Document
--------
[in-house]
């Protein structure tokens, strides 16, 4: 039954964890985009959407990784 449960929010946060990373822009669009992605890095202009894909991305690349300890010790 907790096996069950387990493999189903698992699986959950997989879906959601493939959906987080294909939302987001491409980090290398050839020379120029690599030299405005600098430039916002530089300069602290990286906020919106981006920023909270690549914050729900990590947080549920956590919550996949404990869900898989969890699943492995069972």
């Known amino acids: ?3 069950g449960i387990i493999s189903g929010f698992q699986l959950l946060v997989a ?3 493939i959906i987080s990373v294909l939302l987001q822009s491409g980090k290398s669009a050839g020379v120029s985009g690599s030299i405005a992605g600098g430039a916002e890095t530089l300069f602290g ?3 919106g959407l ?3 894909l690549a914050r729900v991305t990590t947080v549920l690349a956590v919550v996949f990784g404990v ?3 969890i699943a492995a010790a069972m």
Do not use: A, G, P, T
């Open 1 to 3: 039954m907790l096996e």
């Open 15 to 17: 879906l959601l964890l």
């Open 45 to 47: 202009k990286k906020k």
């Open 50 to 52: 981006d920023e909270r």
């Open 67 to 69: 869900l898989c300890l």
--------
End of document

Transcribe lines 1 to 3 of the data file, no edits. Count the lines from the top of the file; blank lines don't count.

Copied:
[in-house]
């Protein structure tokens, strides 16, 4: 039954964890985009959407990784 449960929010946060990373822009669009992605890095202009894909991305690349300890010790 907790096996069950387990493999189903698992699986959950997989879906959601493939959906987080294909939302987001491409980090290398050839020379120029690599030299405005600098430039916002530089300069602290990286906020919106981006920023909270690549914050729900990590947080549920956590919550996949404990869900898989969890699943492995069972």
């Known amino acids: ?3 069950g449960i387990i493999s189903g929010f698992q699986l959950l946060v997989a ?3 493939i959906i987080s990373v294909l939302l987001q822009s491409g980090k290398s669009a050839g020379v120029s985009g690599s030299i405005a992605g600098g430039a916002e890095t530089l300069f602290g ?3 919106g959407l ?3 894909l690549a914050r729900v991305t990590t947080v549920l690349a956590v919550v996949f990784g404990v ?3 969890i699943a492995a010790a069972m």